LONDON, Sept 17 (Reuters) - Scientists studying the effects of artificial sweeteners in mice and humans say they have found that eating them may increase the risk of developing glucose intolerance, a risk factor for diabetes.
In work that raises questions over whether artificial sweeteners - widely seen as “healthier” than sugars - should be reassessed, the researchers said the substances altered the balance of microbes in the gut linked to susceptibility to metabolic diseases like diabetes.
“In our studies we found that artificial sweeteners may drive, or contribute to... an exaggerated elevation in blood glucose levels - the very same condition that we often aim to prevent by consuming them,” said Eran Elinav of the Weizmann Institute of Science in Israel, who co-led the work.
Calorie-free artificial sweeteners are widely used in foods and drinks such as diet fizzy drinks or sodas and sugar-free yoghurts and desserts and are recommended for weight loss and for treatment or prevention of diabetes.
Nutrition and metabolism experts who were not involved in Elinav’s studies said the results were intriguing, but were mainly focused on mice, were very preliminary and should not trigger changes in recommendations on so-called non-caloric artificial sweeteners (NAS).
“This research raises caution that NAS may not represent the ‘innocent magic bullet’ they were intended to be to help with the obesity and diabetes epidemics, but it does not yet provide sufficient evidence to alter public health and clinical practice,” said Nita Forouhi, program leader at the Medical Research Council’s epidemiology unit at Cambridge University.
Rates of obesity and diabetes are reaching epidemic proportions worldwide, and advice to cut down on sugar intake as part of a more healthy diet is often accompanied by recommendations to replace sugary drinks with “diet” or “light” versions that use artificial sweeteners instead.
Elinav’s team conducted a series of experiments in both mice and humans, repeating them several times to check their results. They used three common artificial sweeteners - saccharin, sucralose or aspartame.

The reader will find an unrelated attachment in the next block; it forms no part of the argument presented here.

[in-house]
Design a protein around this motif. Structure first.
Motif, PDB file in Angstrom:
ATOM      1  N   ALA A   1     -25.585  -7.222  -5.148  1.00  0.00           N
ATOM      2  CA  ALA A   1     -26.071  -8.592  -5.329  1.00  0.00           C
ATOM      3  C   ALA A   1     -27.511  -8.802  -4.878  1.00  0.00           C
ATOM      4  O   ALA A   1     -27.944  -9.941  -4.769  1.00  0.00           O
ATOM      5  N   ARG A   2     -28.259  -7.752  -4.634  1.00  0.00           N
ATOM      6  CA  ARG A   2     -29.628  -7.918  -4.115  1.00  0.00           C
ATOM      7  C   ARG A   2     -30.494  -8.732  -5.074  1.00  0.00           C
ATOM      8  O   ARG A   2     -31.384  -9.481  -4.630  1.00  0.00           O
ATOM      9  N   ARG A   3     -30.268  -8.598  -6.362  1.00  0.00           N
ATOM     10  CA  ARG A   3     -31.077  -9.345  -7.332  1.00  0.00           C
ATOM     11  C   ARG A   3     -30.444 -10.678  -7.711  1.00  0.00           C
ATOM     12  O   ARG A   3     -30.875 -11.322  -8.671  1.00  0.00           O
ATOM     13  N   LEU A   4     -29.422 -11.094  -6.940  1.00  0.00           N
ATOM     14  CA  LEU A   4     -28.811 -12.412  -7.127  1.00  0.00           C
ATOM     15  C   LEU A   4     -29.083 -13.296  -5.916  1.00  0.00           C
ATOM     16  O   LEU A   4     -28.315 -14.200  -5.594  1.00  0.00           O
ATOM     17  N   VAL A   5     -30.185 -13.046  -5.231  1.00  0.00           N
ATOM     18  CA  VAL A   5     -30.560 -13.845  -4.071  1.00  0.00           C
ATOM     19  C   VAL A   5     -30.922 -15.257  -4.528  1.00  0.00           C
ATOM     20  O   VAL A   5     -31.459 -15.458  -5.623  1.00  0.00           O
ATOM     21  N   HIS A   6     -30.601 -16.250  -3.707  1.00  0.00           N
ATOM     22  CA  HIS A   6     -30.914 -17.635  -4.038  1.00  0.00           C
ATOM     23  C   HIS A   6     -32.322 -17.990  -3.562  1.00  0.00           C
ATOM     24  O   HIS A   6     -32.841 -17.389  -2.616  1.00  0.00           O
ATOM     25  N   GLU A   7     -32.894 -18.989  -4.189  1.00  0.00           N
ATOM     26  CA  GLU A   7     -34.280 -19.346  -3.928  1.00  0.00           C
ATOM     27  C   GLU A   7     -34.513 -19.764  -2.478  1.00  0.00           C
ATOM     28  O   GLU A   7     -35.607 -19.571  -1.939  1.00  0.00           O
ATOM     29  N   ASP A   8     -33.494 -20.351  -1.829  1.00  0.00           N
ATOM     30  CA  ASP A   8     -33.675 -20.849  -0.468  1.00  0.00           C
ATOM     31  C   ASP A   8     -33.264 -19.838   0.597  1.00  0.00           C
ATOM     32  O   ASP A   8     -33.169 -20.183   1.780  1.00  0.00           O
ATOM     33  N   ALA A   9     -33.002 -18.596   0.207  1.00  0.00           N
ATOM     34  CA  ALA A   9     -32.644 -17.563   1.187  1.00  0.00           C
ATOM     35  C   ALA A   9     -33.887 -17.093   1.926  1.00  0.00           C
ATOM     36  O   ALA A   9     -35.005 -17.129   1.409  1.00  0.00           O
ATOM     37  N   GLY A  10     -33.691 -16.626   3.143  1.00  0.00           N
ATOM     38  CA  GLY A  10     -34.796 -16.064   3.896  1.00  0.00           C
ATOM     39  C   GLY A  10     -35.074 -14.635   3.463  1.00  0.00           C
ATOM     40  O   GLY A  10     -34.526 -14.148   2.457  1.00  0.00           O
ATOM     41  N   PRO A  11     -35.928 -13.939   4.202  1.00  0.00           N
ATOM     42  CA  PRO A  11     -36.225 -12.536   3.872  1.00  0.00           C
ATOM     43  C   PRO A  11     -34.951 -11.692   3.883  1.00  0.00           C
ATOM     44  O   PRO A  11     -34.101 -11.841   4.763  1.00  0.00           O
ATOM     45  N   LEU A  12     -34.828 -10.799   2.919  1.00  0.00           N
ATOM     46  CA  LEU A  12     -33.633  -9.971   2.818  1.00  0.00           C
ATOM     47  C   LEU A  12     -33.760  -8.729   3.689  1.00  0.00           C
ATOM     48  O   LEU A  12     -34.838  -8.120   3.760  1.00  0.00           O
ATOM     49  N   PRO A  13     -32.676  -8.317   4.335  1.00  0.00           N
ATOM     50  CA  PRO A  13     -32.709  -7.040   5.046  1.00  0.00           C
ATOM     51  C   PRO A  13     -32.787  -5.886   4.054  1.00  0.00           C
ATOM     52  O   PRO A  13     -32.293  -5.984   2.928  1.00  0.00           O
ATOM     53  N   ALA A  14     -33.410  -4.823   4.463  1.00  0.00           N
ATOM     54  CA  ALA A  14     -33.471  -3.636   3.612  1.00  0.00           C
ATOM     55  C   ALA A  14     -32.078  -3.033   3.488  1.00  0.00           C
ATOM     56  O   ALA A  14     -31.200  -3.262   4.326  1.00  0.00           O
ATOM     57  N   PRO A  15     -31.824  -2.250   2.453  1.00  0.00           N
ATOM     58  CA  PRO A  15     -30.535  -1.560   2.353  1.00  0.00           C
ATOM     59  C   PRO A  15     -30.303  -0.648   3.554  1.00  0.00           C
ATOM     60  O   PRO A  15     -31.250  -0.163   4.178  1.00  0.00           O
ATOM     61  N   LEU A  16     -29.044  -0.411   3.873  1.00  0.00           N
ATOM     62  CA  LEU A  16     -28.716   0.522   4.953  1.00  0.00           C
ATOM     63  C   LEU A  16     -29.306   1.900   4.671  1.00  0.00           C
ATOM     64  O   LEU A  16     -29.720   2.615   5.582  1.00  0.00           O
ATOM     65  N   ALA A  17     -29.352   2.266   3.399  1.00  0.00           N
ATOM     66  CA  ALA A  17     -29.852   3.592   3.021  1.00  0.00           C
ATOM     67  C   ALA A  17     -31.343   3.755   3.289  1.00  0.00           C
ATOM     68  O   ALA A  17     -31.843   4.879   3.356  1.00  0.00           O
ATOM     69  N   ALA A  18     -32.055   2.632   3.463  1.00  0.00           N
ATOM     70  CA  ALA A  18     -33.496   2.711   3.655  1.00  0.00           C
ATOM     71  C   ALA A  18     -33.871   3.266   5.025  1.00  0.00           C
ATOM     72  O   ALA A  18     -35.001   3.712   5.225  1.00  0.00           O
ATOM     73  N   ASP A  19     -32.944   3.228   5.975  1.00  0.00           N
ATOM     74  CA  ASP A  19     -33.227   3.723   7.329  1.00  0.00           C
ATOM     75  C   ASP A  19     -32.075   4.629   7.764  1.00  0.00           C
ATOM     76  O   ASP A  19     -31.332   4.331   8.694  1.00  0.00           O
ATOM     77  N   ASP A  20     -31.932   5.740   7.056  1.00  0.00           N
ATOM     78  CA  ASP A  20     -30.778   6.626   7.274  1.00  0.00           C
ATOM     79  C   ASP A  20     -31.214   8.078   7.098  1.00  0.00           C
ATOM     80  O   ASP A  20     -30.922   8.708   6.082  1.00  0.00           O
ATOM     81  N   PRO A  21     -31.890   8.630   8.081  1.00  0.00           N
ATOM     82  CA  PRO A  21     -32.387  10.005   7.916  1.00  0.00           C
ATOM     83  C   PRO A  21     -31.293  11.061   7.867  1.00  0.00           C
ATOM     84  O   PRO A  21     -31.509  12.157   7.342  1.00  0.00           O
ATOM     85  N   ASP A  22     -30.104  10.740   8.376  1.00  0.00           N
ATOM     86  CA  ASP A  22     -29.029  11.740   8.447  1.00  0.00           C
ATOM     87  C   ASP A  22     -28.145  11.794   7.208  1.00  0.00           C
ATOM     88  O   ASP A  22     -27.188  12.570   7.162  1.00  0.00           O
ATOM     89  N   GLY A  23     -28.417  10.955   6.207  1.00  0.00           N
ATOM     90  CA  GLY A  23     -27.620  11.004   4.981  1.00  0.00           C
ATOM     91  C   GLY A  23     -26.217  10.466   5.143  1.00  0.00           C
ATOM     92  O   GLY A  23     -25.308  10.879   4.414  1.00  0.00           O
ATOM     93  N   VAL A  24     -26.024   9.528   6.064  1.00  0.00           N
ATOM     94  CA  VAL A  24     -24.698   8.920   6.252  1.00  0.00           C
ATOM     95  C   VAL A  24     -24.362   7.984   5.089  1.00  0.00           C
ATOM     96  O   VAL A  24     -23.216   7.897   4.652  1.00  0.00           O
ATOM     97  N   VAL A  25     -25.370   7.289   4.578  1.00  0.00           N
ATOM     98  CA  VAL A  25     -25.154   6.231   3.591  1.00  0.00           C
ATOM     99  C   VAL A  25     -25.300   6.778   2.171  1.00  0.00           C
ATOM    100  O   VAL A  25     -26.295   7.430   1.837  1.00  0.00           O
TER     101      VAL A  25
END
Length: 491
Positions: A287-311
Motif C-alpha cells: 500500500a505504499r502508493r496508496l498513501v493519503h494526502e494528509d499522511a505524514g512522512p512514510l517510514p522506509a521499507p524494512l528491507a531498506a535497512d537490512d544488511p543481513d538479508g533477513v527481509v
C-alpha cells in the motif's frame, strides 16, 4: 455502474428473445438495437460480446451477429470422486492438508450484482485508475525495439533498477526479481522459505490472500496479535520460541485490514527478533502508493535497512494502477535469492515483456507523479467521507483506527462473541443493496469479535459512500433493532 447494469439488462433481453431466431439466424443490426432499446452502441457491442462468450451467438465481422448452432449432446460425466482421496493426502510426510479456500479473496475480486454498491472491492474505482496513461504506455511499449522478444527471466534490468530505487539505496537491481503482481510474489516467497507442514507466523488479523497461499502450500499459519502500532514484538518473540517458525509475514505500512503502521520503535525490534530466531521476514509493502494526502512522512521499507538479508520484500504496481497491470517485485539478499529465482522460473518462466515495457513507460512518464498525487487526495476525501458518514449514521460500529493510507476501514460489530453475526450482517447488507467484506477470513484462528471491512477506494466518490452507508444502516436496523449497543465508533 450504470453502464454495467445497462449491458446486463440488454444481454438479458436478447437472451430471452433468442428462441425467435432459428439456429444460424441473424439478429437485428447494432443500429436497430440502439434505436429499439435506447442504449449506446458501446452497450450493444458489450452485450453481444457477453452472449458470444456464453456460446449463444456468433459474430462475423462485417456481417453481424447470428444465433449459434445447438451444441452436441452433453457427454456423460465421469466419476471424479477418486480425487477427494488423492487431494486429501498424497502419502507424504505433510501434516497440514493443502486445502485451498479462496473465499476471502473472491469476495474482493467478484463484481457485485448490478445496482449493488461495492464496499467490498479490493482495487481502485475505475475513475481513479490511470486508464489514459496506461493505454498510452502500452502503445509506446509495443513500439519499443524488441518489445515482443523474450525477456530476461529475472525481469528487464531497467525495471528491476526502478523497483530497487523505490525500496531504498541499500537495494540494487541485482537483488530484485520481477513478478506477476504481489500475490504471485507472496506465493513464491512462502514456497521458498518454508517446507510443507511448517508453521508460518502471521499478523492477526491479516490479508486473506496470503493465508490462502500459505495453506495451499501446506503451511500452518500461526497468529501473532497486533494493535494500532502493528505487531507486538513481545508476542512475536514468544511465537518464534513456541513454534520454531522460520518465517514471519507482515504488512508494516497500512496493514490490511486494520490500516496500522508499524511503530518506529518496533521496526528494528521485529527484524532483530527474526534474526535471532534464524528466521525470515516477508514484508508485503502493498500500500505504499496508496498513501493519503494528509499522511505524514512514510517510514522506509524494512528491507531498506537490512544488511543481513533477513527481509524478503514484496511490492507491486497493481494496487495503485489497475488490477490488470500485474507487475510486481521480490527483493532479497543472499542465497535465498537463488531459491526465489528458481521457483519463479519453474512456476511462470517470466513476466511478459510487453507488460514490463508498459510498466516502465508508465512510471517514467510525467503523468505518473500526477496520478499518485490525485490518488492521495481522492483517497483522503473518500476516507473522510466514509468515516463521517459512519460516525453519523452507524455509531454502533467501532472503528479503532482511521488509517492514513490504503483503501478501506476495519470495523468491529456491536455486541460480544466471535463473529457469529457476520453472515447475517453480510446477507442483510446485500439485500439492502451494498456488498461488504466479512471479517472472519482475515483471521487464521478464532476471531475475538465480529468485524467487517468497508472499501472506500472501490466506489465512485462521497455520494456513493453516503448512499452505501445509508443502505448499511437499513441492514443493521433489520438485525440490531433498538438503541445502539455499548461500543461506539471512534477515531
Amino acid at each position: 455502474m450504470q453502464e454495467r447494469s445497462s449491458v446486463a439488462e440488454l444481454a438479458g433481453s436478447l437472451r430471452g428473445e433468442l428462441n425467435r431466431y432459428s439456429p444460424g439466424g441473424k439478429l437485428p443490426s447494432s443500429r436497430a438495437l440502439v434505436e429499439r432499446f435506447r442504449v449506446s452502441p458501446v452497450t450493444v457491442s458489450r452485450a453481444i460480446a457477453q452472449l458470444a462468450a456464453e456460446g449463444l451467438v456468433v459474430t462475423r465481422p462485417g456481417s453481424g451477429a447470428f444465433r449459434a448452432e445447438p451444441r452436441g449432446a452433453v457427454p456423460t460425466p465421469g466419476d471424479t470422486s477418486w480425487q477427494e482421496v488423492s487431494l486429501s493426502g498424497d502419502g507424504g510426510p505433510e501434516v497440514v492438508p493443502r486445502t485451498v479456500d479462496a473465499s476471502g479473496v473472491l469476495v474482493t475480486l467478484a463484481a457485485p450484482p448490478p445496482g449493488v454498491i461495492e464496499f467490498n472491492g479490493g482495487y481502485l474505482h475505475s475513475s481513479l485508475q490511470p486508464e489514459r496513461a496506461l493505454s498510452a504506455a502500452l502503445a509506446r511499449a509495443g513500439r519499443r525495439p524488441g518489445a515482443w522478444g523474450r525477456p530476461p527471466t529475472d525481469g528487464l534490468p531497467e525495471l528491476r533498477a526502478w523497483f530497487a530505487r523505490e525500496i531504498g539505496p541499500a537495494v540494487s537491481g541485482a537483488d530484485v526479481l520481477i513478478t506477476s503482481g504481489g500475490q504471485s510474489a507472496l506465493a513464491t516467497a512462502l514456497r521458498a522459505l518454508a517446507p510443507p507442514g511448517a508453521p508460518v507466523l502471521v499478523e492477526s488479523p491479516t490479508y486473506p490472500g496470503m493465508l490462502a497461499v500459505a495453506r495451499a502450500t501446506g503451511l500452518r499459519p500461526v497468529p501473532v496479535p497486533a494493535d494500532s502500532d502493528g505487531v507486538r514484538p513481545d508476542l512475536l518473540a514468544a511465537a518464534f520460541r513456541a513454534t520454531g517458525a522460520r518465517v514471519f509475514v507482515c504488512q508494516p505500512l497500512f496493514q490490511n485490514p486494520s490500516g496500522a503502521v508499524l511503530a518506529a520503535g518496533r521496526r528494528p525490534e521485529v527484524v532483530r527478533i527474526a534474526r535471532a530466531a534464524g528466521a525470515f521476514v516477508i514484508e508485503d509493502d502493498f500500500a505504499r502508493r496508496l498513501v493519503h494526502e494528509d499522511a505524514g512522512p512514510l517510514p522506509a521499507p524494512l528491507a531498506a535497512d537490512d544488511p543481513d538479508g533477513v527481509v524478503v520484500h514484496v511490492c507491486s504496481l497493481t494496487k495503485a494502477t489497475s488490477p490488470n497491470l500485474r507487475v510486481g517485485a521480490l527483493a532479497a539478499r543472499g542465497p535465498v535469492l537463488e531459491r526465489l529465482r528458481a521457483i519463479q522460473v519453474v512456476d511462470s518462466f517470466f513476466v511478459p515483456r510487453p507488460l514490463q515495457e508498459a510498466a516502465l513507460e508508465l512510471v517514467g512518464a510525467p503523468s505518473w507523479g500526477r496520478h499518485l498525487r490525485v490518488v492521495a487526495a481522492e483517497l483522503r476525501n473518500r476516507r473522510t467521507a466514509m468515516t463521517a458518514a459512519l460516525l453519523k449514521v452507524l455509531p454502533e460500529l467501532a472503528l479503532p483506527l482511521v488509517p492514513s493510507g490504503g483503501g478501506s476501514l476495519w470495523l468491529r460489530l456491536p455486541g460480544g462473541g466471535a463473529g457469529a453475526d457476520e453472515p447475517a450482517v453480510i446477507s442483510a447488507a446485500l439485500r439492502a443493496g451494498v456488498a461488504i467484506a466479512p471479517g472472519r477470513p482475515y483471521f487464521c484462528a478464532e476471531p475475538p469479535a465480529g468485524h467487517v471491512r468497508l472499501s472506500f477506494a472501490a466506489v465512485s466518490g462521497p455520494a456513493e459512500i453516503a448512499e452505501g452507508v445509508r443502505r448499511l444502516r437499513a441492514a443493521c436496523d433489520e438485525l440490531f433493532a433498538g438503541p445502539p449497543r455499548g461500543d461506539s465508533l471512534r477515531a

They found that mice whose drinking water was supplemented with glucose and a sweetener developed marked glucose intolerance compared with mice drinking water alone, or water with just sugar in it. The artificial sweeteners exert this effect by altering the balance of gut microbes, they said.
Moving on to human studies, the researchers analyzed around 400 people and found that the gut bacteria in those who consumed artificial sweeteners was significantly different from those who did not. They also found NAS eaters had “markers” for diabetes, including raised blood sugar levels and glucose intolerance.
The scientists then put seven volunteers who did not normally consume artificial sweeteners on controlled 7-day diet of high NAS intake, and found that after only four days their blood glucose levels were up and the composition of their gut bacteria had also changed, mirroring the results in mice.
“These results indicate that non-caloric artificial sweeteners may exacerbate, rather than prevent, metabolic disorders such as glucose intolerance and diabetes,” the team wrote in their study in the journal Nature on Wednesday.
Naveed Sattar, a professor of metabolic medicine at the University of Glasgow who had no direct involvement with Elinav’s research, said the finding in the mice experiments was interesting “but we have to remember two important things”:
“Animal data for many experiments do not show the same effect in humans, which can sometimes be quite the opposite,” and “current epidemiological data in humans do not support a meaningful link between diet drinks and risk for diabetes, whereas sugar rich beverages do appear to be associated with higher diabetes risk.”
“So, these findings would not make me choose sugary drinks over diet drinks,” he said.
Editing by Ralph Boulton